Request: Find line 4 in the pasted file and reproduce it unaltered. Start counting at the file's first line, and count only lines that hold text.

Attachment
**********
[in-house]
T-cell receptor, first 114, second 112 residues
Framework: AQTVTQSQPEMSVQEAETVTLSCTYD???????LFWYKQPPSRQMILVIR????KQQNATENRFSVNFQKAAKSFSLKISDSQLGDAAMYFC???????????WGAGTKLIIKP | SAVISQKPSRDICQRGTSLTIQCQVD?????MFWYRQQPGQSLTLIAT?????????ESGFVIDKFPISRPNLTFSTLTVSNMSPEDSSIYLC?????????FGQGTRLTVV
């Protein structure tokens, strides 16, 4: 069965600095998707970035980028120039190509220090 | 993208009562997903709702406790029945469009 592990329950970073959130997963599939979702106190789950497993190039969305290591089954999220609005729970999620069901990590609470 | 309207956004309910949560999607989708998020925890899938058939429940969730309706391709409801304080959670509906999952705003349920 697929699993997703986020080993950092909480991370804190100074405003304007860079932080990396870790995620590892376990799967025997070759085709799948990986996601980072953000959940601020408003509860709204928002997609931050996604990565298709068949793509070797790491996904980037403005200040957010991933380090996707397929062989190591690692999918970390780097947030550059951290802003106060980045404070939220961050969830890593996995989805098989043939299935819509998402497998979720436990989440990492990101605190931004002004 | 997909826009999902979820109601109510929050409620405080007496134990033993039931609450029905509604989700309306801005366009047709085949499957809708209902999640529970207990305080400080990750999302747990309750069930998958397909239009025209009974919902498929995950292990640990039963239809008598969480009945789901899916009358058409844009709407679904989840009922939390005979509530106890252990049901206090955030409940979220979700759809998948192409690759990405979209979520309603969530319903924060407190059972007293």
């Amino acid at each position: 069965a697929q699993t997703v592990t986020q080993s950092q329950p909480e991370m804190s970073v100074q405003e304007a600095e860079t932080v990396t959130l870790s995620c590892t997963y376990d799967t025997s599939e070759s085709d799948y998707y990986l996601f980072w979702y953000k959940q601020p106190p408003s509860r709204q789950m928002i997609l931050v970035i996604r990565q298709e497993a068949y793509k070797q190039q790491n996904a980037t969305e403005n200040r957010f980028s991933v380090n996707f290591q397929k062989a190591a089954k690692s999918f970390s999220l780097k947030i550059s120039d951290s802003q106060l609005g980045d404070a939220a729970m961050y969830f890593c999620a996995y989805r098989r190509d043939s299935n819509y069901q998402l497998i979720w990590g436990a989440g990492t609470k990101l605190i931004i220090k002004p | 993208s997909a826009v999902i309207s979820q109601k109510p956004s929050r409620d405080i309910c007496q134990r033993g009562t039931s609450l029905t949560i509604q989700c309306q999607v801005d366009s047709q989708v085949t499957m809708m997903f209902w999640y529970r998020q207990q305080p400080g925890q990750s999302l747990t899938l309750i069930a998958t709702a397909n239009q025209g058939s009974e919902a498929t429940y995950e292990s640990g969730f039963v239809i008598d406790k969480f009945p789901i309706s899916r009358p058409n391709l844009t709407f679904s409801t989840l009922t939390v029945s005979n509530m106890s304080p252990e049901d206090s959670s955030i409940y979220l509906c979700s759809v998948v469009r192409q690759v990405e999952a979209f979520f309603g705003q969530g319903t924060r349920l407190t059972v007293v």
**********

């Protein structure tokens, strides 16, 4: 069965600095998707970035980028120039190509220090 | 993208009562997903709702406790029945469009 592990329950970073959130997963599939979702106190789950497993190039969305290591089954999220609005729970999620069901990590609470 | 309207956004309910949560999607989708998020925890899938058939429940969730309706391709409801304080959670509906999952705003349920 697929699993997703986020080993950092909480991370804190100074405003304007860079932080990396870790995620590892376990799967025997070759085709799948990986996601980072953000959940601020408003509860709204928002997609931050996604990565298709068949793509070797790491996904980037403005200040957010991933380090996707397929062989190591690692999918970390780097947030550059951290802003106060980045404070939220961050969830890593996995989805098989043939299935819509998402497998979720436990989440990492990101605190931004002004 | 997909826009999902979820109601109510929050409620405080007496134990033993039931609450029905509604989700309306801005366009047709085949499957809708209902999640529970207990305080400080990750999302747990309750069930998958397909239009025209009974919902498929995950292990640990039963239809008598969480009945789901899916009358058409844009709407679904989840009922939390005979509530106890252990049901206090955030409940979220979700759809998948192409690759990405979209979520309603969530319903924060407190059972007293």